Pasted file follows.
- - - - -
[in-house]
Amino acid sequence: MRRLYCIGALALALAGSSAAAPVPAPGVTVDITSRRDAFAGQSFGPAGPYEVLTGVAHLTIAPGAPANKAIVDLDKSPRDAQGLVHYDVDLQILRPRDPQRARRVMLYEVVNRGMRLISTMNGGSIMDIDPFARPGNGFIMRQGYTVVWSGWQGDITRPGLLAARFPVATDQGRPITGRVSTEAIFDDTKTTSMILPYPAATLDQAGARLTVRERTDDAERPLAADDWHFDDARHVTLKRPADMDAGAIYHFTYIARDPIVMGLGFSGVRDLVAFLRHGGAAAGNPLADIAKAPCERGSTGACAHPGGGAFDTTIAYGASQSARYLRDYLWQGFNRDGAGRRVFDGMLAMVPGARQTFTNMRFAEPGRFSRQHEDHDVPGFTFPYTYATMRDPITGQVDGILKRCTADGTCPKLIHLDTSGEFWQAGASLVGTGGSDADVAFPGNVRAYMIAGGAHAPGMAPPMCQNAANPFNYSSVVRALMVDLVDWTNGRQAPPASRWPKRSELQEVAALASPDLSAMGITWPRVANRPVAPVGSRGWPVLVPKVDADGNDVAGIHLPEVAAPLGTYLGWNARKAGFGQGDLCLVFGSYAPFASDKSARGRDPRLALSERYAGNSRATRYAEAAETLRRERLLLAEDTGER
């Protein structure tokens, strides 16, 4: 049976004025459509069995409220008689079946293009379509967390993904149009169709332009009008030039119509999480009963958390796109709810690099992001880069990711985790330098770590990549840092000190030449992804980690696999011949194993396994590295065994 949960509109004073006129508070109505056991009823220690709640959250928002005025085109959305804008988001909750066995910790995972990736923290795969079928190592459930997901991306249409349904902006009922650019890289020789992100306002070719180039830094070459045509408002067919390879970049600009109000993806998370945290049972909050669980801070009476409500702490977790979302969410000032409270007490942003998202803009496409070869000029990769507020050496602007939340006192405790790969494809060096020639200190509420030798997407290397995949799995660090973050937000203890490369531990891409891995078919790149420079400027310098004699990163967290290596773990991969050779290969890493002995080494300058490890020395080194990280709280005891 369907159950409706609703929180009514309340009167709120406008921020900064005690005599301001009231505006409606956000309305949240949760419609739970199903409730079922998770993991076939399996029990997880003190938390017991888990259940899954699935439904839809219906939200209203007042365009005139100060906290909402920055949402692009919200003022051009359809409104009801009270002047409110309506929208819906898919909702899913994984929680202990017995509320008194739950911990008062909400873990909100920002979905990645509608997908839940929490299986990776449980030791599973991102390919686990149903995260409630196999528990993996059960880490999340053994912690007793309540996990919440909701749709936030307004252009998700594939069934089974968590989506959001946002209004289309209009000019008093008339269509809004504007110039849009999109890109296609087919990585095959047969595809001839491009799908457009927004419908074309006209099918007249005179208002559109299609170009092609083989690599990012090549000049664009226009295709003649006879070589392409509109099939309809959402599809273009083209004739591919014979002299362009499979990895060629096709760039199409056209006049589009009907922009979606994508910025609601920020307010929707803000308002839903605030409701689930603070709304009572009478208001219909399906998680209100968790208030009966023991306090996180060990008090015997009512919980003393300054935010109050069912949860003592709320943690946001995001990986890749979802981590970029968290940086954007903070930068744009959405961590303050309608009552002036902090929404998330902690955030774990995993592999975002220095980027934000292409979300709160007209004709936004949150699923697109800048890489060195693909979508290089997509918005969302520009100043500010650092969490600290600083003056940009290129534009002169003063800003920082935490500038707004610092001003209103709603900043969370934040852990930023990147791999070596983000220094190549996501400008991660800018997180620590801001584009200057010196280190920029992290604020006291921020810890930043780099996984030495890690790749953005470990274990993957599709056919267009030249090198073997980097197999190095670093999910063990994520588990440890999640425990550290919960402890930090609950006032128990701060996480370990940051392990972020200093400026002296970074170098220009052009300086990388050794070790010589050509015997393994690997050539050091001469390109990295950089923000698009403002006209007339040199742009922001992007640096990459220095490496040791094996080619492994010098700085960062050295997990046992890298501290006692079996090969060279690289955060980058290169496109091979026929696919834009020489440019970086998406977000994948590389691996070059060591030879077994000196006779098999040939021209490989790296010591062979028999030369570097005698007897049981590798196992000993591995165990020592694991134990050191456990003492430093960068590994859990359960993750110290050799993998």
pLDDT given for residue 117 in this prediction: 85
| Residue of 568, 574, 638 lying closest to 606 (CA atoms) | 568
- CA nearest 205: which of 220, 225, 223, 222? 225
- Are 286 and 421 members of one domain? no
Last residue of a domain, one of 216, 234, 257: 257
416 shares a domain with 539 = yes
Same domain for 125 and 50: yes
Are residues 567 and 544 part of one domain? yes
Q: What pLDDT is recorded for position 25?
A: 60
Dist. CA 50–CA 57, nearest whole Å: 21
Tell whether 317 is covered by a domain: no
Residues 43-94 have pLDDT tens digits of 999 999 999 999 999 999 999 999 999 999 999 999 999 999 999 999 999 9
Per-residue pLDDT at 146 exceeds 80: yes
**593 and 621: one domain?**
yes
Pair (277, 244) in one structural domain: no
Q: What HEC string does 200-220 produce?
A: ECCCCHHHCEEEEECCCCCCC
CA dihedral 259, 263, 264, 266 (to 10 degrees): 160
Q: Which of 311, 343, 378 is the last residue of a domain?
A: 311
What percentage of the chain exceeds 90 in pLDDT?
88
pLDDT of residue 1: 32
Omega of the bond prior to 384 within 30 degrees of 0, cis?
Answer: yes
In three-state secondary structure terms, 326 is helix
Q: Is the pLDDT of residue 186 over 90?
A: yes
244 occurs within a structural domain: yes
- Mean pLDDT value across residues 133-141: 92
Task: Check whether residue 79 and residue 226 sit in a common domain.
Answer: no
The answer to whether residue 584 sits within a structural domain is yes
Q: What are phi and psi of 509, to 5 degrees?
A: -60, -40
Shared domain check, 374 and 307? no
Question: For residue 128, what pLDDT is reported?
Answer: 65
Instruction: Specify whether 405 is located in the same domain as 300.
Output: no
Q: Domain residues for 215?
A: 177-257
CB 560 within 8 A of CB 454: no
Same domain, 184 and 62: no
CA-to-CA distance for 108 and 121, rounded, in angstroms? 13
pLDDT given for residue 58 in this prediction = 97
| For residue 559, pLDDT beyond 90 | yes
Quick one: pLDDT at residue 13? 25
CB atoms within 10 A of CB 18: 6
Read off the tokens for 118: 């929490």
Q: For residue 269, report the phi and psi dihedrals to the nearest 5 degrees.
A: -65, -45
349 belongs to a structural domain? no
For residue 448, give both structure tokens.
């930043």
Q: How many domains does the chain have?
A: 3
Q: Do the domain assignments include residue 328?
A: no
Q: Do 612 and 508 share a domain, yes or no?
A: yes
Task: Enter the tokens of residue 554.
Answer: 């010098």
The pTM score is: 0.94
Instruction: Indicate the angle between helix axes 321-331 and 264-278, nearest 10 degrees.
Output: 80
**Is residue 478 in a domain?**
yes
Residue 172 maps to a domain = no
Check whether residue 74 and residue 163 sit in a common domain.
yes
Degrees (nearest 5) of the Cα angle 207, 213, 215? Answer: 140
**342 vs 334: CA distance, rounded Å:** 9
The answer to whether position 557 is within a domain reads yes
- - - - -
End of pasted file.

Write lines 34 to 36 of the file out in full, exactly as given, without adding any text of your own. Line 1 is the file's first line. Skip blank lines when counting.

244 occurs within a structural domain: yes
- Mean pLDDT value across residues 133-141: 92
Task: Check whether residue 79 and residue 226 sit in a common domain.